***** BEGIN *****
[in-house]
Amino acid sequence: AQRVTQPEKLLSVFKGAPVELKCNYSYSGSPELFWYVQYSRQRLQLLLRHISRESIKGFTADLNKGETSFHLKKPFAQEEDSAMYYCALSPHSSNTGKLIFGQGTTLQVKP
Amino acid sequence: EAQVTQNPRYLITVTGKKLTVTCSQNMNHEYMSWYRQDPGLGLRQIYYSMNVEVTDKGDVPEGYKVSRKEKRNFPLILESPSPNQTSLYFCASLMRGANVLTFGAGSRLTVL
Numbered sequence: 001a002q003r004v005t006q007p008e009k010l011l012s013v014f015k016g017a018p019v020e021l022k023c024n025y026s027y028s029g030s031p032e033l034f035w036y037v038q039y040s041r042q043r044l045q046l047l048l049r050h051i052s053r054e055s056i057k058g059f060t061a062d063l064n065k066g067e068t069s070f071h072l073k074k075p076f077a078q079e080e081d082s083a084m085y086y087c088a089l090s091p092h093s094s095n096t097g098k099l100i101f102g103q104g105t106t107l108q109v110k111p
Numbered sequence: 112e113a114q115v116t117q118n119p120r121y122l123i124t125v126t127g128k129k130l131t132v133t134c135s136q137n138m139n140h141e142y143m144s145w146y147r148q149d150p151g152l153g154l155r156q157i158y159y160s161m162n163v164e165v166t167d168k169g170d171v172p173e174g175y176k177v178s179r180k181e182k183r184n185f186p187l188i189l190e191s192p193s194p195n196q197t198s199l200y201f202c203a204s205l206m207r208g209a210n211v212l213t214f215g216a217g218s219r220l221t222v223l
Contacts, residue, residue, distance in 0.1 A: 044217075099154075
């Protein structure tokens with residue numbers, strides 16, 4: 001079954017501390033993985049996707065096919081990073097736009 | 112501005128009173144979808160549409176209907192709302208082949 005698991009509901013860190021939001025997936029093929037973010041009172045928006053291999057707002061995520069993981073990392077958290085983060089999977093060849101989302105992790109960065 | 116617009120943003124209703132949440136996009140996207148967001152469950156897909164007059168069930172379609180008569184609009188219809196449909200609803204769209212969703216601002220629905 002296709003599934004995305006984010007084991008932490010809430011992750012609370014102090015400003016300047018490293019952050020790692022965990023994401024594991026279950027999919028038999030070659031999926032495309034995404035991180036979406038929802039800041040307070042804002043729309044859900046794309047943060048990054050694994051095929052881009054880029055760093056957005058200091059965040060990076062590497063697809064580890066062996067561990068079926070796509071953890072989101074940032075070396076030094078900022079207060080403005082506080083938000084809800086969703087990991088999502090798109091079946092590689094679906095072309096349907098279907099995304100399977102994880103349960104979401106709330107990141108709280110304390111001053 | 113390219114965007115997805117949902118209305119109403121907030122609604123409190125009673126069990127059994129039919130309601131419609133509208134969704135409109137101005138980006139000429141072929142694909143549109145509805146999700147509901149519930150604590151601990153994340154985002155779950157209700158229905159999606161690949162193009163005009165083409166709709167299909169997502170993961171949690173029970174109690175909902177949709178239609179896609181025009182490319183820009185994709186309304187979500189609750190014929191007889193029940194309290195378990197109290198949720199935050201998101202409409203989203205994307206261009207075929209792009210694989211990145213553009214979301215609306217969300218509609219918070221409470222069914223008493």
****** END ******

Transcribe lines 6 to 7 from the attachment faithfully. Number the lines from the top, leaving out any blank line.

Contacts, residue, residue, distance in 0.1 A: 044217075099154075
């Protein structure tokens with residue numbers, strides 16, 4: 001079954017501390033993985049996707065096919081990073097736009 | 112501005128009173144979808160549409176209907192709302208082949 005698991009509901013860190021939001025997936029093929037973010041009172045928006053291999057707002061995520069993981073990392077958290085983060089999977093060849101989302105992790109960065 | 116617009120943003124209703132949440136996009140996207148967001152469950156897909164007059168069930172379609180008569184609009188219809196449909200609803204769209212969703216601002220629905 002296709003599934004995305006984010007084991008932490010809430011992750012609370014102090015400003016300047018490293019952050020790692022965990023994401024594991026279950027999919028038999030070659031999926032495309034995404035991180036979406038929802039800041040307070042804002043729309044859900046794309047943060048990054050694994051095929052881009054880029055760093056957005058200091059965040060990076062590497063697809064580890066062996067561990068079926070796509071953890072989101074940032075070396076030094078900022079207060080403005082506080083938000084809800086969703087990991088999502090798109091079946092590689094679906095072309096349907098279907099995304100399977102994880103349960104979401106709330107990141108709280110304390111001053 | 113390219114965007115997805117949902118209305119109403121907030122609604123409190125009673126069990127059994129039919130309601131419609133509208134969704135409109137101005138980006139000429141072929142694909143549109145509805146999700147509901149519930150604590151601990153994340154985002155779950157209700158229905159999606161690949162193009163005009165083409166709709167299909169997502170993961171949690173029970174109690175909902177949709178239609179896609181025009182490319183820009185994709186309304187979500189609750190014929191007889193029940194309290195378990197109290198949720199935050201998101202409409203989203205994307206261009207075929209792009210694989211990145213553009214979301215609306217969300218509609219918070221409470222069914223008493």